Belfast Telegraph

Same-sex issue isn't only thing on Church's agenda

The Church of Ireland General Synod convenes today, with clerical pensions and closing schools high on the agenda. Alf McCreary reports

The Church of Ireland General Synod, which begins in Dublin today, heralds the beginning of the Spring conference season, when the main reformed churches in Ireland get down to business.

This is the time when synods and general assemblies deal with all sorts of financial and other matters and it almost resembles a kind of spring clean of issues that have been building up for most of the previous year.

The annual conferences deal with important, but essentially routine business, with an eye on priorities such as budgeting, repair and upkeep of buildings and other matters which help to keep things in order.

Most church members have only a vague notion of what goes on in these annual assemblies, although reports of what happens are conveyed afterwards to local synods and church groups.

The responsibility for dealing with the churches at the national level is left largely to nominated lay delegates and clergy, who are usually the same people who attend year after year.

Sometimes the discussions become so bogged down by Church bureaucracy that those taking part seem to lose a sense of perspective.

This was illustrated some years ago, when the Presbyterian General Assembly decided to sell off its historic Church House in Belfast after a brisk debate and then spent a much longer time discussing alternative medicines. Luckily, the very unwise decision to sell off Church House was later rescinded.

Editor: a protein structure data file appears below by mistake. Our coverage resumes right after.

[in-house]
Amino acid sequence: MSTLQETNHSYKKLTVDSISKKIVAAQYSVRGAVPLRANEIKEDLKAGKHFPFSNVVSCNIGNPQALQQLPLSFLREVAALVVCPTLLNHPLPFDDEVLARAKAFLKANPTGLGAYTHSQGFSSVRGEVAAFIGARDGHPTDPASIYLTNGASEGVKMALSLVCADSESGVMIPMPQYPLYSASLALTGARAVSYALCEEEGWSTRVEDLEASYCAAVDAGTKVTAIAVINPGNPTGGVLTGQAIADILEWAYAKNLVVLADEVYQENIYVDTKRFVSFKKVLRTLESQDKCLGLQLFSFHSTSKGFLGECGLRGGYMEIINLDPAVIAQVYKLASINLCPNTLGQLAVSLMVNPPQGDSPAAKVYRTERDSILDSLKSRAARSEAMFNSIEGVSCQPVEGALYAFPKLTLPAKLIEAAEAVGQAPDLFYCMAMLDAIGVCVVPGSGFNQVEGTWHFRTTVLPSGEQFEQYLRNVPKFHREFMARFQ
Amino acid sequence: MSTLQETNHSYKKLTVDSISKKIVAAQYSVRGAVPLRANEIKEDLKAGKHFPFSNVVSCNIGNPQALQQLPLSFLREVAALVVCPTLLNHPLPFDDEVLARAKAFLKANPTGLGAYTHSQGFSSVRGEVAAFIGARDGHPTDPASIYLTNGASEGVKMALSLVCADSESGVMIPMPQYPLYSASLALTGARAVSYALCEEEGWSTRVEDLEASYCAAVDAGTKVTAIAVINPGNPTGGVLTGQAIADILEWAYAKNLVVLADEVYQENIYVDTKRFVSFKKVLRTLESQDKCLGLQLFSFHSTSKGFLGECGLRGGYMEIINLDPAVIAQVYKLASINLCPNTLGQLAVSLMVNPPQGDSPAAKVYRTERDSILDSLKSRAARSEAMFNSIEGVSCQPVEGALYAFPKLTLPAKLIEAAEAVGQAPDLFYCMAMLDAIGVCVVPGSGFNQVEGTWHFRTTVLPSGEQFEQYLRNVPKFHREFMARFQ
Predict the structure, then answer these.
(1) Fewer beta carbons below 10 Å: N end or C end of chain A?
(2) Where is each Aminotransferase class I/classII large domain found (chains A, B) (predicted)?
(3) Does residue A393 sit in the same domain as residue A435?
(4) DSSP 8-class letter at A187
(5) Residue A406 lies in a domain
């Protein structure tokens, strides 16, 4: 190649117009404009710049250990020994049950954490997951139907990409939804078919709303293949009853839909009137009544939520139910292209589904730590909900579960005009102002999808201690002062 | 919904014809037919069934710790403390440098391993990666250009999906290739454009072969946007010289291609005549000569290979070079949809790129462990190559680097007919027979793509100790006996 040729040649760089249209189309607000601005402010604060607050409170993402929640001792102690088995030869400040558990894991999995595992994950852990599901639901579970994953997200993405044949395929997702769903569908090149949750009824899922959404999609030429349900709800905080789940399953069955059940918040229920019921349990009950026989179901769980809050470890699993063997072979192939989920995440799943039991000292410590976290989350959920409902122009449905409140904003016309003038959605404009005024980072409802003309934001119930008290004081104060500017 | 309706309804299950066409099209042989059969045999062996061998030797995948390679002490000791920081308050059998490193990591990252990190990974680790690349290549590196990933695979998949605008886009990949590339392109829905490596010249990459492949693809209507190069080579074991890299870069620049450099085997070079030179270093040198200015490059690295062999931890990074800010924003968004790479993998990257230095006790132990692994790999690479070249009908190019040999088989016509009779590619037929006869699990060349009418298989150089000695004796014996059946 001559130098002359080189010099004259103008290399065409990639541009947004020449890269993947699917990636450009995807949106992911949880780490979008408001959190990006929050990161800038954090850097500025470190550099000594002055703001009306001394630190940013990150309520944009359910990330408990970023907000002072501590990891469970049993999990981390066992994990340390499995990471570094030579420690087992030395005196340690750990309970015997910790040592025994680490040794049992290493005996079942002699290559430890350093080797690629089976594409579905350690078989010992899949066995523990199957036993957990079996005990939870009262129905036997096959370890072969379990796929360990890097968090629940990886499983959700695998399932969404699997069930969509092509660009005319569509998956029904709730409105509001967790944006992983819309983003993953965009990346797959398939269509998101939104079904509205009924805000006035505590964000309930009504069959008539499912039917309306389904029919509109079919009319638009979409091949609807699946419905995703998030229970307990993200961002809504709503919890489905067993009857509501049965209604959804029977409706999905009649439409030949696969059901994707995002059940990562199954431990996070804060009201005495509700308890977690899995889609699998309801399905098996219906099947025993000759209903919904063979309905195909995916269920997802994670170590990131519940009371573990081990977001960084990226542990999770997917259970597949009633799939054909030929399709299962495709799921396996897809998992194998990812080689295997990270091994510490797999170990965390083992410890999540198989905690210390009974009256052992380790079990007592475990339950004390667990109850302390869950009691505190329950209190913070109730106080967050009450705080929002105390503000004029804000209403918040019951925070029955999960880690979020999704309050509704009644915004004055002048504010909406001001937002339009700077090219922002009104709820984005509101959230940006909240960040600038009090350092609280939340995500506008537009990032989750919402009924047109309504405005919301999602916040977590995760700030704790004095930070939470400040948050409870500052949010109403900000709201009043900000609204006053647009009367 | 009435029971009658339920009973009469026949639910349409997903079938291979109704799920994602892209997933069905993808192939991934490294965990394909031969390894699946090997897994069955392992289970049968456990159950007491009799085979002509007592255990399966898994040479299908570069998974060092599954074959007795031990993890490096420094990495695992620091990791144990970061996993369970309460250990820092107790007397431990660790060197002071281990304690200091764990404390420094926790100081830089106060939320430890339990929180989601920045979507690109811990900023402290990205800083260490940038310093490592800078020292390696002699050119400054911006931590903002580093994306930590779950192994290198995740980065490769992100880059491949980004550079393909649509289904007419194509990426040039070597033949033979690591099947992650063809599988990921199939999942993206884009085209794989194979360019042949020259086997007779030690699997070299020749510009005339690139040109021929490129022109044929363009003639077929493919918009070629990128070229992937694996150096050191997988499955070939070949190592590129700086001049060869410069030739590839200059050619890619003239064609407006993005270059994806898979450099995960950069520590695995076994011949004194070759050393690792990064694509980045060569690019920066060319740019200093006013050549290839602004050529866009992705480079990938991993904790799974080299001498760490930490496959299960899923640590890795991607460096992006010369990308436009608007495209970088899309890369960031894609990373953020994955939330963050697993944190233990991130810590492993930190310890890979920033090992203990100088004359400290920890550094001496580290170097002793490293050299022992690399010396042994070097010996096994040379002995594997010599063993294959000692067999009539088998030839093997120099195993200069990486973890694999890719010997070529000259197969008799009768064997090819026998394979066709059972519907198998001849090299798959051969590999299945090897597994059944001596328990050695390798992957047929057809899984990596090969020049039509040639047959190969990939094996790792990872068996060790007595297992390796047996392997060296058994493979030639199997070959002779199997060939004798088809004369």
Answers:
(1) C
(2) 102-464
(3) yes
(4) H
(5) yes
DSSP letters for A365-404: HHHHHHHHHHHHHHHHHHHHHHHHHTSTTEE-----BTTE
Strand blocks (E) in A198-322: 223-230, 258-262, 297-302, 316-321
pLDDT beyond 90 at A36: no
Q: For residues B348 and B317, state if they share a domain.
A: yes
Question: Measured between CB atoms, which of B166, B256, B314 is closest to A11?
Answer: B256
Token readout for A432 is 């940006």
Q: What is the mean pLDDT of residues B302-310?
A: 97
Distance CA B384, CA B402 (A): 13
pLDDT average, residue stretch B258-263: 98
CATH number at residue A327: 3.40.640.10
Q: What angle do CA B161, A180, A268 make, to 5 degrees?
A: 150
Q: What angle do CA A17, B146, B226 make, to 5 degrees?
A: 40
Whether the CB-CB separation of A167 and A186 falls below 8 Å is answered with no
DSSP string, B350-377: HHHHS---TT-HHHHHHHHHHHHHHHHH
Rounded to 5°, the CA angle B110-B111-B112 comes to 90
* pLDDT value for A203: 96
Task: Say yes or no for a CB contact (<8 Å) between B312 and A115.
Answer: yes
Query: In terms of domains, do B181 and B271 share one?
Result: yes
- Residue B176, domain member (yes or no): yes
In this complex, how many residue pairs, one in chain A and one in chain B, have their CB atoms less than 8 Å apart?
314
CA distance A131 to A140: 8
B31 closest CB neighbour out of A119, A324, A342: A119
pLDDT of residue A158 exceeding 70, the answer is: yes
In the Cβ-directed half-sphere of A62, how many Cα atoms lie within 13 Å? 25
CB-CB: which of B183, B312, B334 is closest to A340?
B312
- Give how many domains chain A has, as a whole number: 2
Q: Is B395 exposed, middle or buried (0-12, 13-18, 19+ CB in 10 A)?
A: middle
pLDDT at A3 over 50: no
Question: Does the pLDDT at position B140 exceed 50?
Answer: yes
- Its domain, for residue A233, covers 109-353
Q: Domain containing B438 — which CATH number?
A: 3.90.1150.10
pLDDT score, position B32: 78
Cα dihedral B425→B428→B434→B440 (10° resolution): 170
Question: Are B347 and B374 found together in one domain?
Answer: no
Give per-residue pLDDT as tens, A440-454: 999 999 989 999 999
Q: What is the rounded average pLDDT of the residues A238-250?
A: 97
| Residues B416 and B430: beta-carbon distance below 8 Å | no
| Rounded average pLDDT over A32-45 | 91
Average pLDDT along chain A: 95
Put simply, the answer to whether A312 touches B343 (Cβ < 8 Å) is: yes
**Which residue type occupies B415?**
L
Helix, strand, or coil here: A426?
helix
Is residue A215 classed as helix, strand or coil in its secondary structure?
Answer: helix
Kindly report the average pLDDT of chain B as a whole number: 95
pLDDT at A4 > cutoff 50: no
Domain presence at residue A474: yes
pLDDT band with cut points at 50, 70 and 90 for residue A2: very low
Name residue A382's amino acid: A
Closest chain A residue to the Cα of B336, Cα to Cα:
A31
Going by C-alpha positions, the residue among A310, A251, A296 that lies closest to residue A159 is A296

Almost every year one or two major issues crop up and make media headlines. A good example this year is the Church of Ireland debate on same-sex issues. This controversy has been simmering since last summer, when it was reported that the Dean of Leighlin, Tom Gordon, had entered into a civil partnership with his long-time companion.

A special weekend study conference in March gave the Church breathing space to discuss the issue in depth, but the General Synod is now deciding how to move forward pragmatically, with a vociferous pro-gay lobby grabbing headlines.

However, there is much more to this General Synod than the gay issue. Some 450 delegates, representing around 400,000 members from 12 dioceses across Ireland, will deal with bread-and-butter issues, including funding, clergy pensions and education.

Given the state of the economies north and south, and particularly in the Republic, the General Synod will receive an updated account of the state of the clergy pensions fund. The budgetary cuts in the Republic have also put great pressure on education and the very survival of many of the smaller Church of Ireland primary schools.

The General Synod ends on Saturday afternoon and, later this month, it will be the turn of the Presbyterians, who will hold their General Assembly from Monday, May 28. One of the first duties will be the installation of the Moderator-elect, the Reverend Roy Patton, from Ballygilbert, who will succeed the Moderator, the Rt Revd Dr Ivan Patterson.

During the next few days, the Assembly will deal with its own core business and it is possible that the issue of same-sex relationships may also be raised.

Following the General Assembly, the Methodist Church will hold its annual meeting in Enniskillen next month to install the Reverend Ken Lindsay as its new president.

Major headlines may come and go, but the core business of the Spring assemblies provides the churches with the essential continuity that they need to carry out their unending mission.

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